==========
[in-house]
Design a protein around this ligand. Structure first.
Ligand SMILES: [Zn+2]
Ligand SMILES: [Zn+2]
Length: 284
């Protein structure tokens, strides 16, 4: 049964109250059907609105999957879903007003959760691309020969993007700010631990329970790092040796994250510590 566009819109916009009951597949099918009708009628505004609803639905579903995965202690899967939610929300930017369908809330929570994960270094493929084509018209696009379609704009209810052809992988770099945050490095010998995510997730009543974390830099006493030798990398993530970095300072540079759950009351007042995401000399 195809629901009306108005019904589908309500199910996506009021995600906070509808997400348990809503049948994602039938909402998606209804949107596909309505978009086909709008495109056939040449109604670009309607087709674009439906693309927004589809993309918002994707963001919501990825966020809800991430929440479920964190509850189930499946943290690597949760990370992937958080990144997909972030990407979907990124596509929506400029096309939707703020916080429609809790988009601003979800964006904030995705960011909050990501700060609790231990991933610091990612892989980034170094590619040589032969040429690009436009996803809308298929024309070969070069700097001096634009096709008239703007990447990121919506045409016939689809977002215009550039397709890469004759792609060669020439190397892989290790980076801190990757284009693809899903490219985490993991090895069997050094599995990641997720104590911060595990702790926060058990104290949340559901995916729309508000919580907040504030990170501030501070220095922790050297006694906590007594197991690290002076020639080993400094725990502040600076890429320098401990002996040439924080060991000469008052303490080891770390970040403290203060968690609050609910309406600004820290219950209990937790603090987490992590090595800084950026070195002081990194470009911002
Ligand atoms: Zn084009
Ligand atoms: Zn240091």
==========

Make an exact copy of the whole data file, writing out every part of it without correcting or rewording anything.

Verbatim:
[in-house]
Design a protein around this ligand. Structure first.
Ligand SMILES: [Zn+2]
Ligand SMILES: [Zn+2]
Length: 284
């Protein structure tokens, strides 16, 4: 049964109250059907609105999957879903007003959760691309020969993007700010631990329970790092040796994250510590 566009819109916009009951597949099918009708009628505004609803639905579903995965202690899967939610929300930017369908809330929570994960270094493929084509018209696009379609704009209810052809992988770099945050490095010998995510997730009543974390830099006493030798990398993530970095300072540079759950009351007042995401000399 195809629901009306108005019904589908309500199910996506009021995600906070509808997400348990809503049948994602039938909402998606209804949107596909309505978009086909709008495109056939040449109604670009309607087709674009439906693309927004589809993309918002994707963001919501990825966020809800991430929440479920964190509850189930499946943290690597949760990370992937958080990144997909972030990407979907990124596509929506400029096309939707703020916080429609809790988009601003979800964006904030995705960011909050990501700060609790231990991933610091990612892989980034170094590619040589032969040429690009436009996803809308298929024309070969070069700097001096634009096709008239703007990447990121919506045409016939689809977002215009550039397709890469004759792609060669020439190397892989290790980076801190990757284009693809899903490219985490993991090895069997050094599995990641997720104590911060595990702790926060058990104290949340559901995916729309508000919580907040504030990170501030501070220095922790050297006694906590007594197991690290002076020639080993400094725990502040600076890429320098401990002996040439924080060991000469008052303490080891770390970040403290203060968690609050609910309406600004820290219950209990937790603090987490992590090595800084950026070195002081990194470009911002
Ligand atoms: Zn084009
Ligand atoms: Zn240091």